Police union leader calls for Halifax council to respond to no-confidence vote on chief
Nov. 8 council meeting didn't address 96% vote against Kinsella
November 17, 2022, 3:03 pm ASTLast Updated: November 19, 2022, 12:36 am
The head of Halifax’s police union is calling on regional council to do more to address last month’s vote of no-confidence in Chief Dan Kinsella.
Dean Stienburg wants municipal and provincial leaders to address the union’s concerns over safety for both officers and residents of the Halifax Regional Municipality.
He’s concerned that councillors did not address the vote in their 10-hour open meeting on Nov. 8. That was council’s first meeting since the vote of no-confidence.
The Halifax Police Association held an online vote for its members between Oct. 14 and Oct. 30. There was an 84 per cent turnout, with 96 per cent voting no-confidence in Kinsella’s leadership.
“I would like to see council, the CAO’s [chief administrative officer] office, and the [Halifax] Board of Police Commissioners, even the provincial government and minister of justice to look at this and see we’ve got a problem in policing,” Stienburg said in an interview Sunday.
He is calling for an internal review of Halifax Regional Police by an independent organization with experience in police management.
“If council aren’t prepared to move the chief along, I would really like to see council engage an independent company to do a review of the leadership and HR practices within HRP … I think that would then give both council and the Board of Police Commissioners an objective, unbiased report on what is occurring, and then they can make a decision from there.”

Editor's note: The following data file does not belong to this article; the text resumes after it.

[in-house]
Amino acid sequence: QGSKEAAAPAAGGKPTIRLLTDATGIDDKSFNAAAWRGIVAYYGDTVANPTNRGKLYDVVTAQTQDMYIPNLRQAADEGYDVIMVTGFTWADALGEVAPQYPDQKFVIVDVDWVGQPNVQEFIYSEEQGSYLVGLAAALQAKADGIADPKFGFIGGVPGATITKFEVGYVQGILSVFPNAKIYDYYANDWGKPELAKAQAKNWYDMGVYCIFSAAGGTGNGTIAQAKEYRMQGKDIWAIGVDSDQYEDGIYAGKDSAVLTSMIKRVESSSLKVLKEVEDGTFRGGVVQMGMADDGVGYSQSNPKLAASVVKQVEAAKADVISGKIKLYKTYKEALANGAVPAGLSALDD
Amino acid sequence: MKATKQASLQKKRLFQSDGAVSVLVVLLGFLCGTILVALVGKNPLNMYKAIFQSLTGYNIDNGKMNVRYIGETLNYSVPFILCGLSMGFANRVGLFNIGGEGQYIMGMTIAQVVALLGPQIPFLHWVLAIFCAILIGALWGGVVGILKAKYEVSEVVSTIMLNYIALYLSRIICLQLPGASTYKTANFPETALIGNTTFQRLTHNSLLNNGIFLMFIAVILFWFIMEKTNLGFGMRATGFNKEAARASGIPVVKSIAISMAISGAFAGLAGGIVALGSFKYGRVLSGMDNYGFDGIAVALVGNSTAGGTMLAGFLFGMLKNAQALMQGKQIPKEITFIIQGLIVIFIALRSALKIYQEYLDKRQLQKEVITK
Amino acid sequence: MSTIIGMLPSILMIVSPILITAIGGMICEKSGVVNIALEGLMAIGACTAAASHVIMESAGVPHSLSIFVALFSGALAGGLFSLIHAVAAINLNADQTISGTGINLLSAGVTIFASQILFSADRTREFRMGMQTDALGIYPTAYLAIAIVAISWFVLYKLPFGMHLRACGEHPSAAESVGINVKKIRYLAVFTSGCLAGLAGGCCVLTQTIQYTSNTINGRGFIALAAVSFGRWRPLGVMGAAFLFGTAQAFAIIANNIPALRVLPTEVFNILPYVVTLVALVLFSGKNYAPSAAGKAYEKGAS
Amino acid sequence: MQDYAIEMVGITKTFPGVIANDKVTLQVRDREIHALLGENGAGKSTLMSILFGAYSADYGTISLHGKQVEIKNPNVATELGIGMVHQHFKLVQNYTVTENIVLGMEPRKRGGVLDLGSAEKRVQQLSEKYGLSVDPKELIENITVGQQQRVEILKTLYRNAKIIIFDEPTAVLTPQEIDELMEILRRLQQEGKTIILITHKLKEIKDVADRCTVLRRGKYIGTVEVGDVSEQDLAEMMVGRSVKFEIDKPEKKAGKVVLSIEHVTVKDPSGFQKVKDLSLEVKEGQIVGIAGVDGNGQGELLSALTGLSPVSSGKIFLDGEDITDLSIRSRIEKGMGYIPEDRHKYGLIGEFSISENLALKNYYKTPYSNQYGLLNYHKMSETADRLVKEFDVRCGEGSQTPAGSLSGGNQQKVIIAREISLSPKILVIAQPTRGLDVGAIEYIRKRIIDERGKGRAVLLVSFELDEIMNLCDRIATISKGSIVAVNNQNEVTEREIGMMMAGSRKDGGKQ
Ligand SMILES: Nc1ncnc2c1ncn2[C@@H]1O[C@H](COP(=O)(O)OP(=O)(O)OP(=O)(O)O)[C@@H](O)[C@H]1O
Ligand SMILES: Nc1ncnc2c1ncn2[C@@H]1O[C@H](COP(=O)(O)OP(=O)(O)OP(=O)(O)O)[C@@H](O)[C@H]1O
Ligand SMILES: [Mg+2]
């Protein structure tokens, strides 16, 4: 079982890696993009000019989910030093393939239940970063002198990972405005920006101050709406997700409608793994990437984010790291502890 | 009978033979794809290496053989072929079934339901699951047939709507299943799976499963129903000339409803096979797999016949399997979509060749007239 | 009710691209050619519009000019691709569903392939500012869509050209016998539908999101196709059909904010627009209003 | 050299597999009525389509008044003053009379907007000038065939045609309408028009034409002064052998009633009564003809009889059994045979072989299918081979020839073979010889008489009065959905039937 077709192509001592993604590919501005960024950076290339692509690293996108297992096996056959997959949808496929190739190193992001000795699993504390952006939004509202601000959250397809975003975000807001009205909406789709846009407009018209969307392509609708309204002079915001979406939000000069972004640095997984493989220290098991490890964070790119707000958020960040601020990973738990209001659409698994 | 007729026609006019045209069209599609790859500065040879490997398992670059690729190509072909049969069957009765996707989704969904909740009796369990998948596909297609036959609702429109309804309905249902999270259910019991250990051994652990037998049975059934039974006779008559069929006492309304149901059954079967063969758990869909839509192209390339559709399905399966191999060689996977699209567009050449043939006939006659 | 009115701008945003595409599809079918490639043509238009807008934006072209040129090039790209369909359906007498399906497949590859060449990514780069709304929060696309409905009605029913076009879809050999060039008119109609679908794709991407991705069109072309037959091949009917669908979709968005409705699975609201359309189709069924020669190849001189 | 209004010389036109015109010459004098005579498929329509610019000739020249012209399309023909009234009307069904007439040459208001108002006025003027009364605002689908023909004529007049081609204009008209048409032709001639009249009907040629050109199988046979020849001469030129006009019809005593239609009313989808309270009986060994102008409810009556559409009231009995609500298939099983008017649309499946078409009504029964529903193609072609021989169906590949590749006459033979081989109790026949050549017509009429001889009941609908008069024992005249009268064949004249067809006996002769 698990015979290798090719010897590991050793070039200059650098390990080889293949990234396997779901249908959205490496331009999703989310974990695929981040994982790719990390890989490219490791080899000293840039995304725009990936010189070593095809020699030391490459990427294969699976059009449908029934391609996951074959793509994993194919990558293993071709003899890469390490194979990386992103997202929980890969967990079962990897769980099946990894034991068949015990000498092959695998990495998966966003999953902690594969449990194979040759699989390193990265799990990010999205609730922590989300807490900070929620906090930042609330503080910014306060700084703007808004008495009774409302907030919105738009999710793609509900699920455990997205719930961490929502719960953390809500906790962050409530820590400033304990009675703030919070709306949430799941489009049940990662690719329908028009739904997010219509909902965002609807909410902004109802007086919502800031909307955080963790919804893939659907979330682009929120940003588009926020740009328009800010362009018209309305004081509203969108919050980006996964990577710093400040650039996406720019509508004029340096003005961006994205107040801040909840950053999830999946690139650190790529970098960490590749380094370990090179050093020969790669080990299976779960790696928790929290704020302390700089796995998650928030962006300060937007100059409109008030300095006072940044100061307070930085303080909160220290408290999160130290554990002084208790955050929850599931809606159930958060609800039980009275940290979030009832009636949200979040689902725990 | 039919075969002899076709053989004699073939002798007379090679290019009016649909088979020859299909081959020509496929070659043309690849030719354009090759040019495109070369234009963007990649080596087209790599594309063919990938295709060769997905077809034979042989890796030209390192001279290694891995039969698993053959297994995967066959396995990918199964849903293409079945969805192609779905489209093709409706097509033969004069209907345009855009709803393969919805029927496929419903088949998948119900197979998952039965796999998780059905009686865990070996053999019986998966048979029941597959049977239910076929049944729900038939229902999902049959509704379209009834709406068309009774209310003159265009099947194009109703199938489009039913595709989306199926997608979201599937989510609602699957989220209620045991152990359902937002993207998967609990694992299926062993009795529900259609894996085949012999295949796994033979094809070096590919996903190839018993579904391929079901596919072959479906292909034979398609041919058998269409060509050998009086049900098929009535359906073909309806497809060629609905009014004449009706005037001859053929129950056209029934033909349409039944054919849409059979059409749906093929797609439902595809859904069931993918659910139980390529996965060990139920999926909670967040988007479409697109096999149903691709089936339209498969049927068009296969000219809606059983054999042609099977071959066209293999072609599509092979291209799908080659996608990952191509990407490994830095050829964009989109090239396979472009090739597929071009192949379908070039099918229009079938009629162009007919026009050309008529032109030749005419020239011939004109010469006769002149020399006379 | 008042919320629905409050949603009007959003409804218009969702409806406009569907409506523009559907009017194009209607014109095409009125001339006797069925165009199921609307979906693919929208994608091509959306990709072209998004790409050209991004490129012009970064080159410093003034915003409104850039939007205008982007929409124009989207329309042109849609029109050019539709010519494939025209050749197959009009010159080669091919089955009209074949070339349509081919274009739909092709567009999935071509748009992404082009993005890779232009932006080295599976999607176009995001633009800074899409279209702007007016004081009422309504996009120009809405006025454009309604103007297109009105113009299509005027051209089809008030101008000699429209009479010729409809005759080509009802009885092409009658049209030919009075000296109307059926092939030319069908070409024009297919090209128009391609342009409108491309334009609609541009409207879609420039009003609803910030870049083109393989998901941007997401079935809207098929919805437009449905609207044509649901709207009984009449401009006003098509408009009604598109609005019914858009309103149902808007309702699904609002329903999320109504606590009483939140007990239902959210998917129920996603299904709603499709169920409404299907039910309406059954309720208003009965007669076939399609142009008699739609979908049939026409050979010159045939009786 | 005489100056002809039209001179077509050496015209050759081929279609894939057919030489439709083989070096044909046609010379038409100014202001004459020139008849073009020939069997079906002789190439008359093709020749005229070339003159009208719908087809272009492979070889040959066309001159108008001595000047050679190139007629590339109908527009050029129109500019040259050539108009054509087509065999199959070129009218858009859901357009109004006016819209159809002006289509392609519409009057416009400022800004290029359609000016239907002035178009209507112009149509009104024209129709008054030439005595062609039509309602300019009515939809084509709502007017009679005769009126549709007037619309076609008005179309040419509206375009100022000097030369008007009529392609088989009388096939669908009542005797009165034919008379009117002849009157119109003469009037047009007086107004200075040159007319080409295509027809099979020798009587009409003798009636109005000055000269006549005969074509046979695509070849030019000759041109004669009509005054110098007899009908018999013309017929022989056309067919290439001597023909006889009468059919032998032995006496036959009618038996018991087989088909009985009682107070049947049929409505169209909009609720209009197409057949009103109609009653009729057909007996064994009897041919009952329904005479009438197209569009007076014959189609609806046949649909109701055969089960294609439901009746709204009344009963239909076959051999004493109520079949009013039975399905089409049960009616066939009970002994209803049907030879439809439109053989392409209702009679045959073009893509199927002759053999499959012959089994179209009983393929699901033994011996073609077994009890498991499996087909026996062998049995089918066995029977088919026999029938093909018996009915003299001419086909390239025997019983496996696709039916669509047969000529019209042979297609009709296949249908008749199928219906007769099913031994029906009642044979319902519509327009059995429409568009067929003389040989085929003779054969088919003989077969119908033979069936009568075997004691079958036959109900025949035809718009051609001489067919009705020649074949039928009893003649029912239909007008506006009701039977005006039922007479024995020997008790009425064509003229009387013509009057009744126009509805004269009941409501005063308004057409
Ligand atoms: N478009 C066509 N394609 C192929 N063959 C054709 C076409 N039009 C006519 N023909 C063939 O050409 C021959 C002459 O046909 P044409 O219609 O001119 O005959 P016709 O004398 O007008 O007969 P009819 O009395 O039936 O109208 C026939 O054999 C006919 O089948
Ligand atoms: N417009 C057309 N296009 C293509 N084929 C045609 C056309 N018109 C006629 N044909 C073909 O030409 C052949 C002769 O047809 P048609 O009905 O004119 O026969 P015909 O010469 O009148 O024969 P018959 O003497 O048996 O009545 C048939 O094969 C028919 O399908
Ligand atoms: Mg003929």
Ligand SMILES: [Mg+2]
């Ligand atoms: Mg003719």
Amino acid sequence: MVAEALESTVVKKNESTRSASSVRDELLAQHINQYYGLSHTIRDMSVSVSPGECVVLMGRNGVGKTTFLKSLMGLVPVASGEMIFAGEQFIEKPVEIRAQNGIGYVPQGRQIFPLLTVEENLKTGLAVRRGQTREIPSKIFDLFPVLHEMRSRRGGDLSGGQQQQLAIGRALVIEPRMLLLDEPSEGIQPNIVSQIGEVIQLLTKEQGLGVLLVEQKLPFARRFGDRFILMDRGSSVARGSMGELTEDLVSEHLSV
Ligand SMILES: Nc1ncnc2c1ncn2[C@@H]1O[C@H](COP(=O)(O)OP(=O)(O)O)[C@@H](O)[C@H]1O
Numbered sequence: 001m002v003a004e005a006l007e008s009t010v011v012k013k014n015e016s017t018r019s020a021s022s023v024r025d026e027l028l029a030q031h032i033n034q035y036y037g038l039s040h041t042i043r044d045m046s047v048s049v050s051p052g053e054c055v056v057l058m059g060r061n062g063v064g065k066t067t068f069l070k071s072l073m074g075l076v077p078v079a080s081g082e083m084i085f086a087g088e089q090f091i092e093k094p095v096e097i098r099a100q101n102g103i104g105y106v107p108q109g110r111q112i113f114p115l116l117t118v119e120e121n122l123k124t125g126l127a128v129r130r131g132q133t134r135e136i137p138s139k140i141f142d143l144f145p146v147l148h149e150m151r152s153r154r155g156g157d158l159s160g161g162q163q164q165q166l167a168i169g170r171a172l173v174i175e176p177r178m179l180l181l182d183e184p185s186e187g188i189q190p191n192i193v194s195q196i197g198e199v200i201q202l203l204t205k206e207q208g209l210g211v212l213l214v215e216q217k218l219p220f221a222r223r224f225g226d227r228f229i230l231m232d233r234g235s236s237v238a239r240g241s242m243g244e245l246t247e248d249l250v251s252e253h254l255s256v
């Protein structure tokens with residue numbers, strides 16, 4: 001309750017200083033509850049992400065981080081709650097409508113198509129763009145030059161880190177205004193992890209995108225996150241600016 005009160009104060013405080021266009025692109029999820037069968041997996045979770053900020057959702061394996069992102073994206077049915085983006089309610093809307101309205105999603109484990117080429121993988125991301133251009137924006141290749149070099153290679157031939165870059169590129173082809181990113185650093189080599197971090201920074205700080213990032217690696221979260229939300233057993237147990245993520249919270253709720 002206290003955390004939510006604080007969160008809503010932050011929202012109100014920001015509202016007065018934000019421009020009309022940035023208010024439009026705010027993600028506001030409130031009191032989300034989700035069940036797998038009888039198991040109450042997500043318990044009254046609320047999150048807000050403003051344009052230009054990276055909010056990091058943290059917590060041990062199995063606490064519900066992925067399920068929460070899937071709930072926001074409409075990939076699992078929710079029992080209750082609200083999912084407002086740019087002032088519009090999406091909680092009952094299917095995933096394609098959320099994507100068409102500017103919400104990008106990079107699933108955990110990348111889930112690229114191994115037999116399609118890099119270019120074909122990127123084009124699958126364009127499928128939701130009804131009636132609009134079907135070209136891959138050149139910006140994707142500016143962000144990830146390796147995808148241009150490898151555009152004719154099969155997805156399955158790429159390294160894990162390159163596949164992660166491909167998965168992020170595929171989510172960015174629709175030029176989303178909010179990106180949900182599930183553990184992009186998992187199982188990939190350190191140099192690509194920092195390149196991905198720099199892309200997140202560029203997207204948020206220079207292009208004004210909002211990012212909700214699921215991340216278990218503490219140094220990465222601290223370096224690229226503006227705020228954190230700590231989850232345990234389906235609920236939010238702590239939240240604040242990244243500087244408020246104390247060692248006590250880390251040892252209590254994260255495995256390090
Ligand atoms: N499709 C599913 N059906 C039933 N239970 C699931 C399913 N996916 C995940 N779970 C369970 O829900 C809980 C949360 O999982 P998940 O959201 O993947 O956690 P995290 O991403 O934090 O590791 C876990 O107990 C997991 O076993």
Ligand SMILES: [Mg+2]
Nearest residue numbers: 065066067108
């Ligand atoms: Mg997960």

Coun. Patty Cuttell said she wants to see a briefing memo on the issue, but council doesn’t have the authority to direct police or address management issues.
“People are looking for action from council, and I think it’s important that they understand council’s limitations in directing the police,” she said on Tuesday.
She said a briefing memo would be useful in January when council exercises its one area of authority around Halifax police — approving the budget.
In an interview after the Nov. 8 council meeting, Deputy Mayor Pamela Lovelace said she believes council is equipped to respond to policing challenges. She said the last two years have been very difficult for policing in the city.
“I think that there’s definitely a change that needs to take place. Perhaps it’s a generational change. But for me, it comes down to policy development,” Lovelace said.
The Halifax board of police commissioners provides governance and oversight on policing in the HRM.
At the regional council meeting, Coun. Lisa Blackburn was re-elected to the police board. She said the board is not in a position to address the vote.
“The chief isn’t our employee. He’s hired by council,” she said in an interview on Nov. 8. “I don’t think (the board) is really the right body to report or to speak to that.”
Coun. Lindell Smith, chair of the police board, agreed that issues surrounding the chief’s contract are the concern of council, and not the police board. Stienburg said he plans to contact the board.
“There is a process to get in front of the board of police commissioners that anyone can use. So that would be the same process that residents would use if they want to have meetings with us,” Smith said on Nov. 8.
Dean Stienburg urged regional council to take public safety seriously.
“Any time that the council actively attempts to avoid a serious public safety issue, [that is] a problem for the residents of HRM,” he said.
Provincial Justice Minister Brad Johns declined to comment on Stienburg’s request for provincial support.
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